Despite that face that The Jacobins and Sound Casino have pretty different styles, the night was a success and went quite smoothly considering one band had one less member than usual, and the other was drafted in as a last minute replacement. To make this night a complete one though, there was really just one thing left for me to do: take to the dance floor and practice my best Ian Curtis dance with the fantastic DJ Sweetjayne on the decks. Success!

Tuesday, 10 May 2011

Abyss @ The Full Moon 7th May 2011

Review by Sian Eardley

Photo by Martin Kaluza

Abyss: a young group of teenage lads forged from the institution of Endon High School, you may think they’d be Stoke’s idea of some sort of Glee effort, but boy would you be wrong. I like to think I have a keen eye for knowing music and spotting potential when I see it, and, as God’s honest truth, NEVER during all my years reviewing now, have I seen such a young but accomplished band. Liking their metal, and inspired by the big rock gods such as Hendrix, Ozzy and Metallica, Abyss draw on this and don’t just reproduce metalcore with a raving front man who may as well just chuck his own guts up down a megaphone…. Instead here are four sixteen-year old guys with the whole musical world at their feet, and they do it with so much grace, vigor, articulate soloing, melody and enthusiasm that they do it better than some of the professionals. For saying that they’re already at this level at the beginning of their gigging career, it’s obvious they could go somewhere if they keep on rocking and keep on being committed.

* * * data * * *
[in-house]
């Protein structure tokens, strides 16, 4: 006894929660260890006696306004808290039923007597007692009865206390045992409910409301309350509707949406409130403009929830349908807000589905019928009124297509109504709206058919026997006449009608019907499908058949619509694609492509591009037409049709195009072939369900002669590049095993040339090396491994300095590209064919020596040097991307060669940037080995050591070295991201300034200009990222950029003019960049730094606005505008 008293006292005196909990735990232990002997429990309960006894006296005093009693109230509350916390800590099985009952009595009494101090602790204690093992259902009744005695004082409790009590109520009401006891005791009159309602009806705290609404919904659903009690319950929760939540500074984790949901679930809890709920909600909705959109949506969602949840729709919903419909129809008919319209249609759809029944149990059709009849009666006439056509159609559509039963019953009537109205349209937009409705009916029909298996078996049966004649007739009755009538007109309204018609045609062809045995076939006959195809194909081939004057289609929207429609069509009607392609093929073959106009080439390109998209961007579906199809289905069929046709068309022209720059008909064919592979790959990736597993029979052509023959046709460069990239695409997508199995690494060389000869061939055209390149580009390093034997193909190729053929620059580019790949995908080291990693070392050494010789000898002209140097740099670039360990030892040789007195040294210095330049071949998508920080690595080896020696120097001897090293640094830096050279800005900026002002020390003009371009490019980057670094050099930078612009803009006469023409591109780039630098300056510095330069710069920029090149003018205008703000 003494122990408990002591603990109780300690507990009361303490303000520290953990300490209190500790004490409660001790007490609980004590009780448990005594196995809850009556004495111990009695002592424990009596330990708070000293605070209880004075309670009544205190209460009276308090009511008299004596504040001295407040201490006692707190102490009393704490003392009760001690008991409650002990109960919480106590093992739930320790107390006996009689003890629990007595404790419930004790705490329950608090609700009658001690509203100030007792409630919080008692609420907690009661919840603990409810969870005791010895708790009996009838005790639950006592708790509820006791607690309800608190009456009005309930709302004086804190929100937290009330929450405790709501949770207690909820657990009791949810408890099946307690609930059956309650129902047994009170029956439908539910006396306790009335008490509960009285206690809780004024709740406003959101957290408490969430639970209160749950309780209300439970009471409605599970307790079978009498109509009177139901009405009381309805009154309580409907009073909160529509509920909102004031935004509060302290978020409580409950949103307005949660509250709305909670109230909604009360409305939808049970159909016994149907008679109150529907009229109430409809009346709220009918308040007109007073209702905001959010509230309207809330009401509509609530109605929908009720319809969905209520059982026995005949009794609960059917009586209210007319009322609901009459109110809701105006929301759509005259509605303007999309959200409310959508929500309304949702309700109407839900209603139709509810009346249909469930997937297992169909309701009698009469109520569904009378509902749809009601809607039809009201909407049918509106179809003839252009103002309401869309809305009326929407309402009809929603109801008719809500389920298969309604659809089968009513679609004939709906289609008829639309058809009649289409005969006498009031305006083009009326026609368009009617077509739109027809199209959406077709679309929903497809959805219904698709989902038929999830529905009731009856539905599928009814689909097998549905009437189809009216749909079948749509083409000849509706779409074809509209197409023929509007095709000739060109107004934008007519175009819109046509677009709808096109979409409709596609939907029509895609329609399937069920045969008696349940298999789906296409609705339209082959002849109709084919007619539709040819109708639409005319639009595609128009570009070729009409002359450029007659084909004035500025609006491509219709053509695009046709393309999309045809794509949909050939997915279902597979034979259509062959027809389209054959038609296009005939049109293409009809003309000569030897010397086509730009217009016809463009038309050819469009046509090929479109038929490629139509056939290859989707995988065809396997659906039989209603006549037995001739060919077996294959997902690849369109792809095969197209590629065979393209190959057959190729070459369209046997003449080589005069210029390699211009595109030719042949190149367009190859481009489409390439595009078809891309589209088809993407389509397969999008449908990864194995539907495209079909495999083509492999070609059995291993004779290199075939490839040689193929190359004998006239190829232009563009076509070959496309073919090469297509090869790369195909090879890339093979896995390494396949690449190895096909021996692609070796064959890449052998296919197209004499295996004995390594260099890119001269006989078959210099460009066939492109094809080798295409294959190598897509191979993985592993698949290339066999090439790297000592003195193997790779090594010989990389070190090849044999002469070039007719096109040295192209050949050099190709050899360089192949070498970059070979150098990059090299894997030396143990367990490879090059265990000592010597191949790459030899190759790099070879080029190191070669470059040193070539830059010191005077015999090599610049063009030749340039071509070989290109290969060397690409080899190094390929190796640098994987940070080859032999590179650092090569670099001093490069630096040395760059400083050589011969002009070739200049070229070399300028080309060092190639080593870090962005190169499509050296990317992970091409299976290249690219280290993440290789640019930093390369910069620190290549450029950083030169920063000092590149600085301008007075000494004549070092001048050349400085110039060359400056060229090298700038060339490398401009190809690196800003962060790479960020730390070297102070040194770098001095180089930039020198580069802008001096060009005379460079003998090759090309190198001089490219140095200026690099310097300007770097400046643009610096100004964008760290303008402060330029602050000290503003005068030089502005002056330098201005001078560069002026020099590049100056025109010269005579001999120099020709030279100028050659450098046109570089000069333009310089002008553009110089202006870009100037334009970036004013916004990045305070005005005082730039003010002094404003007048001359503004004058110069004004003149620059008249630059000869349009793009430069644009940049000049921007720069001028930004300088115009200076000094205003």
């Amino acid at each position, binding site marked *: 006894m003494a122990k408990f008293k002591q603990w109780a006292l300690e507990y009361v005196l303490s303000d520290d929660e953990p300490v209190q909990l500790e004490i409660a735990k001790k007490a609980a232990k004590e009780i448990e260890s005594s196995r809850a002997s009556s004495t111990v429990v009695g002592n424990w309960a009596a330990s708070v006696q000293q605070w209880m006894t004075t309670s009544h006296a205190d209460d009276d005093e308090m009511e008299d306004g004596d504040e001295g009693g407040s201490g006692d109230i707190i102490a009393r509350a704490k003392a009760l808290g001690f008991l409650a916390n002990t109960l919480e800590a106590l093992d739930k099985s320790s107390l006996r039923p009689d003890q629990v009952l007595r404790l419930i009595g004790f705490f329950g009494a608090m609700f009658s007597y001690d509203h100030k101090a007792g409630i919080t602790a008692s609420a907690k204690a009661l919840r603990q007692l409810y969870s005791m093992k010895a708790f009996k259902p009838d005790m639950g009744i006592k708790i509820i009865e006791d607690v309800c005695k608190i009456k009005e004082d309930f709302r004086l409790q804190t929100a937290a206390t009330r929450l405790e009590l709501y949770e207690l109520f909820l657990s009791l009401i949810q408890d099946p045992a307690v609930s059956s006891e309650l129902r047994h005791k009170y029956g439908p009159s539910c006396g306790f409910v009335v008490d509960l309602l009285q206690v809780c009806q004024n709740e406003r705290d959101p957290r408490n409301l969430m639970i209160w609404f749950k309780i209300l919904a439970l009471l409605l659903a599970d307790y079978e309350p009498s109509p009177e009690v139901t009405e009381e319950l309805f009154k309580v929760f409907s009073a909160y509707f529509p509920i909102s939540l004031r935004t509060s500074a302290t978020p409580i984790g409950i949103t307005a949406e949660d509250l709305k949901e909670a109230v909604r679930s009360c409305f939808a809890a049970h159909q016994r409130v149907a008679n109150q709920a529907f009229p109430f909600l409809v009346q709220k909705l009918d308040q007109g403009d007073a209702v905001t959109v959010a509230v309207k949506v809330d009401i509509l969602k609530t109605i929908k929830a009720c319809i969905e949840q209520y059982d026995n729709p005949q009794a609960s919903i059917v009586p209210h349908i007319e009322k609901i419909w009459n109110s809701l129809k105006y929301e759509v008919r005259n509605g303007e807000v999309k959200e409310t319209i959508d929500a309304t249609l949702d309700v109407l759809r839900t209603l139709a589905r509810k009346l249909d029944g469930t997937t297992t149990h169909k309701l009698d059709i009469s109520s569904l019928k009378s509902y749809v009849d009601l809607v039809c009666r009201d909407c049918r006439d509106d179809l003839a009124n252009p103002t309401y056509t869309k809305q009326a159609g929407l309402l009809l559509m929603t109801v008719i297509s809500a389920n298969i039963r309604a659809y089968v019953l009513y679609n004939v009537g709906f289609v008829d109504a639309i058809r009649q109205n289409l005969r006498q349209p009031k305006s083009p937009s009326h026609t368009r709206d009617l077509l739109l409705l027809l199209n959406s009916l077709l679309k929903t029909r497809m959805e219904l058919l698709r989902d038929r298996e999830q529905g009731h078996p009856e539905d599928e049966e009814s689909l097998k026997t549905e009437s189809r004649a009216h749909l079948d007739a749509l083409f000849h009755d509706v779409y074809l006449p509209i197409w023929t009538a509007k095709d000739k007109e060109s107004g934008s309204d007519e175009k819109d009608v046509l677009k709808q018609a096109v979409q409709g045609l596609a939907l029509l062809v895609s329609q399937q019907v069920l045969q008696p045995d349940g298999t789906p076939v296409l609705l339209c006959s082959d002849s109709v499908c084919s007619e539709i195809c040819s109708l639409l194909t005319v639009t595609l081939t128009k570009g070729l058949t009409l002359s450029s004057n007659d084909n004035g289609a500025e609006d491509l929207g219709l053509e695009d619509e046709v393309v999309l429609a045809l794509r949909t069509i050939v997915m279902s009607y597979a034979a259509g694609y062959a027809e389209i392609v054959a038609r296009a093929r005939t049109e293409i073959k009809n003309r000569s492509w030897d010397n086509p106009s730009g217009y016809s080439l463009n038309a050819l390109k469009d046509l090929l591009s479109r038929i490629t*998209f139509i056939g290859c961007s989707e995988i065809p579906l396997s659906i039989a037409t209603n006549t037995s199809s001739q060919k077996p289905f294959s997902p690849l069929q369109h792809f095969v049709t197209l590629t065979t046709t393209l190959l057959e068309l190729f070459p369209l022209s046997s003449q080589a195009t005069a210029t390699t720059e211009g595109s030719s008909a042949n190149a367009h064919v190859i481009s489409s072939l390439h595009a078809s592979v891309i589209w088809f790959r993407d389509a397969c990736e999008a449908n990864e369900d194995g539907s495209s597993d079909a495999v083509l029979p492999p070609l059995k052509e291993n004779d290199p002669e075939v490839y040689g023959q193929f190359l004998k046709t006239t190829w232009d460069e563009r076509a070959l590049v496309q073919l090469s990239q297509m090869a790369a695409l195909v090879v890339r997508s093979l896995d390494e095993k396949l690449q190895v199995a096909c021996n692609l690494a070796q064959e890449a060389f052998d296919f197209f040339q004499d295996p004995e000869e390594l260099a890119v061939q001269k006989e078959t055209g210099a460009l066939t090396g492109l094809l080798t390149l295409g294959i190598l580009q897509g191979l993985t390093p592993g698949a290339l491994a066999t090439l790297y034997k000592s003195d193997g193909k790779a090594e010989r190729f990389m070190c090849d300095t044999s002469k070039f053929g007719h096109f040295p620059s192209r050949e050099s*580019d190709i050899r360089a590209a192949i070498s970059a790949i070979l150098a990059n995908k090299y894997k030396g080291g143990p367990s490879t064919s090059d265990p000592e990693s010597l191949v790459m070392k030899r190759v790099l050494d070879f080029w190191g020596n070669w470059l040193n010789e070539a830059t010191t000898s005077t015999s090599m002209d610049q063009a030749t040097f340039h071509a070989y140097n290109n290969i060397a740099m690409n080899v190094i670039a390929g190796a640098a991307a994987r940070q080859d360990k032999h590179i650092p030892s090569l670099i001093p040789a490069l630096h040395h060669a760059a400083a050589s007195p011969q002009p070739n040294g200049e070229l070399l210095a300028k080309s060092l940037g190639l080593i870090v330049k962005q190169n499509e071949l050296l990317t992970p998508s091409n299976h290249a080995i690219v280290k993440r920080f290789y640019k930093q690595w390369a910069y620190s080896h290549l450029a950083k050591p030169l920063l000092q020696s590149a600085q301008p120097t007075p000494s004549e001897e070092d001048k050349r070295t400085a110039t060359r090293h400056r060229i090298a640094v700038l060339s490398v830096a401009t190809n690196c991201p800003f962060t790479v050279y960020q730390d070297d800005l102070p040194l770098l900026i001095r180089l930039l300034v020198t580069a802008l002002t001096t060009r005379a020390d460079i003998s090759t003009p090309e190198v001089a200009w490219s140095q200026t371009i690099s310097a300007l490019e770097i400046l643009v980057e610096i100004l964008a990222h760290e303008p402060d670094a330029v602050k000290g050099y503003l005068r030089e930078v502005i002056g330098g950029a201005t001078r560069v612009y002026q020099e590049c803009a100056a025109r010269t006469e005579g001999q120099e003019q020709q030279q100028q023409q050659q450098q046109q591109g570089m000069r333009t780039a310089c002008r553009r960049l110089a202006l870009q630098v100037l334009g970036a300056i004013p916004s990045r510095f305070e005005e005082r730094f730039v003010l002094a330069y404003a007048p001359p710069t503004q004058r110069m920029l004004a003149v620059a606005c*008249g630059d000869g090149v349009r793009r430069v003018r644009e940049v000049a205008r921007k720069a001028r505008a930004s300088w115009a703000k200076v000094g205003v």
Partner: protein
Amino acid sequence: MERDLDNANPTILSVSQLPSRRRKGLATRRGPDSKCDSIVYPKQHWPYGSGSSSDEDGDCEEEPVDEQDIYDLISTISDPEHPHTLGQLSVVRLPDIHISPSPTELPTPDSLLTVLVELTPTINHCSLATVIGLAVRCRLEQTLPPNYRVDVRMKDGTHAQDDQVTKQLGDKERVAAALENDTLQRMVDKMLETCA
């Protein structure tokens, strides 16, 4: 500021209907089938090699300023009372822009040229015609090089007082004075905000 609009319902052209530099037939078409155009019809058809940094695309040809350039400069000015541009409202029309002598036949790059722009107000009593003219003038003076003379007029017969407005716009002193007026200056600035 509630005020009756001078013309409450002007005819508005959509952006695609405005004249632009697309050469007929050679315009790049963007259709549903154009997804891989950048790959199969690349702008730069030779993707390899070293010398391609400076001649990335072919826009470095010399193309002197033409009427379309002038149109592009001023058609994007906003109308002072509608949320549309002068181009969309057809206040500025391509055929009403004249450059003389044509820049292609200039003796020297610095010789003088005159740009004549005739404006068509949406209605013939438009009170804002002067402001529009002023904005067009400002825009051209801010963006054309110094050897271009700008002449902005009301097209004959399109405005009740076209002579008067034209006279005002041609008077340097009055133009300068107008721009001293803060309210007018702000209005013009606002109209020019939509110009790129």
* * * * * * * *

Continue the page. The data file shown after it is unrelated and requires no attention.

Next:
Too approving you say? Well let’s break it down… They deliver a cracking 40 minute set, most of which comprises of their own, and very original material, even when there’s a slight fault with some of the equipment and some grizzly-bearded metaller brute steps on stage to sort it during their set, the show goes on and it doesn’t even phase them. There’s no crazy windmilling, just appreciation of their musical craft, no screamo, no whiney, hormonal rubbish like the previous band on stage prior to Abyss, where the girl might break down in tears any minute over her high school crush, that, or she just broke a nail whilst holding the mic. They deliver a mature, tangible, encouraging and thought-provoking set, with no Stoke twang in sight, which is usually off-putting to the ear during song, and it actually made a nice change to see a lead bass vocalist.

These guys have clearly been educated well in their rock roots. ‘Breakout’ best demonstrated this with their Creed/SOAD inspired ethereal opening riffs, which were outstanding for such a young band, and very promising. Their renditions of ‘The Boys are Back in Town’, and ‘Rock You Like a Hurricane’ were perfect, and made me feel so rock, I wanted to whip Guitar Hero out right on the spot. ‘Crazy Train’ was unleashed, and again, the standard of playing was unbelievable. Journey’s classic ‘Don’t Stop Believing’ (which you may frown at), also made an appearance, but it was a brilliant way of bringing everyone together, and they made it their own with a rock/shred approach, whilst nailing those catchy and intricate solos. Good job Fellas!